Batchelor has spent decades studying and practicing Buddhism; he has vast knowledge of his subject; and his book is filled with wise and interesting comments. I hear his own Buddhist voice especially in his chapter on experience, where he urges the reader to “dwell happily in this very life” by not indulging in the occasional fantasy but by paying embodied attention to what is going on. By embodied attention he means careful attention that is nurturing and loving. This attention begins when we doubt our perceptions as things that will endure and are “mine” and experience them rather as “fleeting, tragic, empty and selfless.”
May I make a few observations from my own practice of Zen Buddhism? First, there seems to be in this book a confusion of tongues. Buddhism is so vast in extent and variety that no matter what one says about it, it is possible to say the exact opposite according to time and place. This is especially true if one argues from the original words of the Buddha, which are impossible to know or from the Pali canon, which is a collection of stories more devotional than historical. One can find in it whatever one wants to find. Batchelor admits that he is “bound to risk choices in selecting and interpreting texts that may not turn out to be viable later.”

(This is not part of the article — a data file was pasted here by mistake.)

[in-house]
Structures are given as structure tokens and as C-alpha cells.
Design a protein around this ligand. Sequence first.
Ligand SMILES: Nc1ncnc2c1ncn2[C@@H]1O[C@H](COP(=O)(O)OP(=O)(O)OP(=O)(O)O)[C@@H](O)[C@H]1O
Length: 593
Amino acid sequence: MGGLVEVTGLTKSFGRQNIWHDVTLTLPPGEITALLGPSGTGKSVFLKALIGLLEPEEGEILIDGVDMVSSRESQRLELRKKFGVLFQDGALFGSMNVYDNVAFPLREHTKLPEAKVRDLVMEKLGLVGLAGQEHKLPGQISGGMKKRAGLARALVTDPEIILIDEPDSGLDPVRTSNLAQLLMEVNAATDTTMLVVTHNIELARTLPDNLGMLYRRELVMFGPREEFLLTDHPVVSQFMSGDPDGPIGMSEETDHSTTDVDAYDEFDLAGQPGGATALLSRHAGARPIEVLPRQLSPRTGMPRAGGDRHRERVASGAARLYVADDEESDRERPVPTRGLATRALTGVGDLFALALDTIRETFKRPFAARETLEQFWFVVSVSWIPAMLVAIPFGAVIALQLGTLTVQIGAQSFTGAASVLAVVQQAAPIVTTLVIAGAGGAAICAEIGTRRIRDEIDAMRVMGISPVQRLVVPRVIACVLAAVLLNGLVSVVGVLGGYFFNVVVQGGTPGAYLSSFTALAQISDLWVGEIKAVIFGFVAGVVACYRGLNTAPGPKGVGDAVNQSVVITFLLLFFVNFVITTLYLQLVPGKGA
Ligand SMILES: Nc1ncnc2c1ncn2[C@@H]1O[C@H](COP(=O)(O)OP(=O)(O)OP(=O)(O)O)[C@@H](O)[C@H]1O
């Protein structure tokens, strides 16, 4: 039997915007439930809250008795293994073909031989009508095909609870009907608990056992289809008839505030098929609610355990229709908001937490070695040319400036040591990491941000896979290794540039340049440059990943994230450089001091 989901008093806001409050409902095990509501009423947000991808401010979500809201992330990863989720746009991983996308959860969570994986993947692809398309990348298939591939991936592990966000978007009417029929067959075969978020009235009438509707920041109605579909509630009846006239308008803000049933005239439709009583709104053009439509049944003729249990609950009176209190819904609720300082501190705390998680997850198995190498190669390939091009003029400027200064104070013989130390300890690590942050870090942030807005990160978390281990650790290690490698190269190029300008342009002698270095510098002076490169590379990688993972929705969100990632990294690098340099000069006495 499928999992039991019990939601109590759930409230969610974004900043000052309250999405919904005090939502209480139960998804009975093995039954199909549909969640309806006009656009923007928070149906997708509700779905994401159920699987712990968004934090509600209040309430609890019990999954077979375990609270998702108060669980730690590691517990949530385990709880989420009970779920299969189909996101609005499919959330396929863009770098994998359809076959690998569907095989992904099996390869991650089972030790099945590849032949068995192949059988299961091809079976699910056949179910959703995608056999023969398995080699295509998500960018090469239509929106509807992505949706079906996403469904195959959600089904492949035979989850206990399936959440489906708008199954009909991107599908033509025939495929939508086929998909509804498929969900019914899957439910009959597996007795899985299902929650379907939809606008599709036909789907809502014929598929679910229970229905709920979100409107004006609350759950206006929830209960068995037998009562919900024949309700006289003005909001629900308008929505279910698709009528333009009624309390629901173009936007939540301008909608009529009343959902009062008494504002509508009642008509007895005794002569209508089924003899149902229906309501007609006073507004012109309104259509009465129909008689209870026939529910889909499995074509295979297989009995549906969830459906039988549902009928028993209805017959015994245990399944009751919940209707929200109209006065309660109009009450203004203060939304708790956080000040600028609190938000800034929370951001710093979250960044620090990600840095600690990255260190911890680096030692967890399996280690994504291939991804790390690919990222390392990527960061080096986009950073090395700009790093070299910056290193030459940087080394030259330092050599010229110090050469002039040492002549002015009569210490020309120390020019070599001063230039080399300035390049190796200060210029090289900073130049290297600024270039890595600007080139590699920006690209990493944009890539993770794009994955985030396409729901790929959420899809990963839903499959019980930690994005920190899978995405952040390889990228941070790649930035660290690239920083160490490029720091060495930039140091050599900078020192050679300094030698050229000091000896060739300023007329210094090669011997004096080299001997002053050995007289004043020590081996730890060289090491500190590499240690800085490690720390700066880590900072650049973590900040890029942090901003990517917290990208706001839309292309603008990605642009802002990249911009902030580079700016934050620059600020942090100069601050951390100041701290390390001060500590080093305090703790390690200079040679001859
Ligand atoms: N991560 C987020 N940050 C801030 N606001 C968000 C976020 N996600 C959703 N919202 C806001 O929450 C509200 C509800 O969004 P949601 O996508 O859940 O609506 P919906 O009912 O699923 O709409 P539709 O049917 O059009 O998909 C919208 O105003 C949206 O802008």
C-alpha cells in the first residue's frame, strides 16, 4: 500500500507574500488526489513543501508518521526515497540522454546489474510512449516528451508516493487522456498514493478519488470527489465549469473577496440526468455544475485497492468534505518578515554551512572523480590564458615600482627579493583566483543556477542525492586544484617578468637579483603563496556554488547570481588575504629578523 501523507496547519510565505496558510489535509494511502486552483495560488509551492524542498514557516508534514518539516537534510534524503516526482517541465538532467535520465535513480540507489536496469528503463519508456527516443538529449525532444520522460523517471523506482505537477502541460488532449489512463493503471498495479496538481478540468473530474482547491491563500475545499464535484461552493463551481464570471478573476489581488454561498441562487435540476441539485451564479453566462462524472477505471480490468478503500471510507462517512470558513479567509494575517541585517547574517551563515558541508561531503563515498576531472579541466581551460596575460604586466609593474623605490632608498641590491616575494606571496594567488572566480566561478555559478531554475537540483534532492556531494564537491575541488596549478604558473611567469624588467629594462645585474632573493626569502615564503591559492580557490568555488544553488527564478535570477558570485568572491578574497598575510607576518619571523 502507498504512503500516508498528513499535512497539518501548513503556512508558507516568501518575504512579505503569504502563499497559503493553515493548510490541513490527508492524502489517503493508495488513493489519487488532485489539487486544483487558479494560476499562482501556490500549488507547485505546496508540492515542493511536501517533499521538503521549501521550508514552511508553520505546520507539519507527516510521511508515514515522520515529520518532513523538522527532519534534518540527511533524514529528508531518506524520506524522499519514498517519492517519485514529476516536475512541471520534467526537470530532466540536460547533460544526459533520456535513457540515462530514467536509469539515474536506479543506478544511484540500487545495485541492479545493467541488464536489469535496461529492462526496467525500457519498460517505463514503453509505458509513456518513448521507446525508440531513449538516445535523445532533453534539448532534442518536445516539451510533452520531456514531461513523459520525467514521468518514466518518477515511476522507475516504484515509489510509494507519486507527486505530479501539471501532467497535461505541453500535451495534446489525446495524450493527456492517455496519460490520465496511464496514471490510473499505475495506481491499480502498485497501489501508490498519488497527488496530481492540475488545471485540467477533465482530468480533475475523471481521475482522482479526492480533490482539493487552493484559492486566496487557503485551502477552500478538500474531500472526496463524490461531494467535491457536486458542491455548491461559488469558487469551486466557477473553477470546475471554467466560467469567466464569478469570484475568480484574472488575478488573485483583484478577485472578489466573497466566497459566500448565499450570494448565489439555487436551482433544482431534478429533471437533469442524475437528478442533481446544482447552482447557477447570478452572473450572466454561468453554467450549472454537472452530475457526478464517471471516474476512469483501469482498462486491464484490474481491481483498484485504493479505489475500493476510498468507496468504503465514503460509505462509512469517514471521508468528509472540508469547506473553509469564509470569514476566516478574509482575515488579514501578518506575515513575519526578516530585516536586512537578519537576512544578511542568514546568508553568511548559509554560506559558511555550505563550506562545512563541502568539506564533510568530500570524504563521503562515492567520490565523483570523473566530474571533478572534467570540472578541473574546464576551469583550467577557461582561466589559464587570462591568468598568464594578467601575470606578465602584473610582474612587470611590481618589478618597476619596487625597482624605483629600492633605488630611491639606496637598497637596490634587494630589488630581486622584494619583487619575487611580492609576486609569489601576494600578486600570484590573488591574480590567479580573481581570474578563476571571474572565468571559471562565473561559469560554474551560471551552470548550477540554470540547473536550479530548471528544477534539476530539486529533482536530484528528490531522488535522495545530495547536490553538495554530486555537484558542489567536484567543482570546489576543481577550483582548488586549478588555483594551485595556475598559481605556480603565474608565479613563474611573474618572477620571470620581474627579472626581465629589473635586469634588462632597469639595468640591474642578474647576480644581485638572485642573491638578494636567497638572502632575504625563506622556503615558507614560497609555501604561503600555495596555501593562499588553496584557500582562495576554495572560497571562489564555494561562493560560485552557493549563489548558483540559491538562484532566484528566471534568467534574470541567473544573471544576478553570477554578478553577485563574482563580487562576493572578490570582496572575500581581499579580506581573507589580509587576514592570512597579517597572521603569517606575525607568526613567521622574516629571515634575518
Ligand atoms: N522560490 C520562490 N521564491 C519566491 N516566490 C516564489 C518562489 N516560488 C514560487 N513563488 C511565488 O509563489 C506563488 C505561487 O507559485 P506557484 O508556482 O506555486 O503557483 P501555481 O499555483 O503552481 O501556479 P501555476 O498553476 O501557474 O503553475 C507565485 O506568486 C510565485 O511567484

Second, I question the validity of separating meditation on the one hand and the precepts (ethical teaching) on the other. In Zen Buddhism meditation and the precepts are one. It is impossible to have Zen without the precepts and yet Zen with only precepts is not true Zen. In practice, if one meditates without constructing ideas and imposing opinions on things as they are, then one has observed all the precepts without even intending to do so. Meditation and the precepts can be distinguished but not separated with meditation left behind.
Third, if it is questionable to separate meditation and the precepts, it is even more questionable to disparage meditation and the experience of direct seeing into human reality. The long experience across centuries and cultures from Nagarguna to Ju-ching to Dogen cannot be put aside. Zen liberates according to type and not everyone is interested in a study of ethics. They navigate instead to an awareness beyond right and wrong to an “orphan light” that leaves no traces and whose slightest touch is instantly recognizable and can be life-changing.
Finally, a word about Batchelor’s atheism. All commentators agree that the Buddha was silent about the existence of God. He would not be drawn into a statement of yes or no about what cannot be proved. There are some converts to Buddhism who bring their atheism with them into Buddhism, but they do not find it there and they should not argue about it or come down on one side or the other in the sangha of the Buddha.
Yamada Koun Roshi, speaking from his long practice as a student and then a revered Zen master, told me that he could believe in God but he could not believe that God could make a dualistic world. There is no reason, of course, why anyone who believes in God should have to believe in a dualistic world. But that is another story for another book.
After Buddhism is a learned and compassionate reflection on Buddhist practice for those for whom Buddhism as a religion has ended.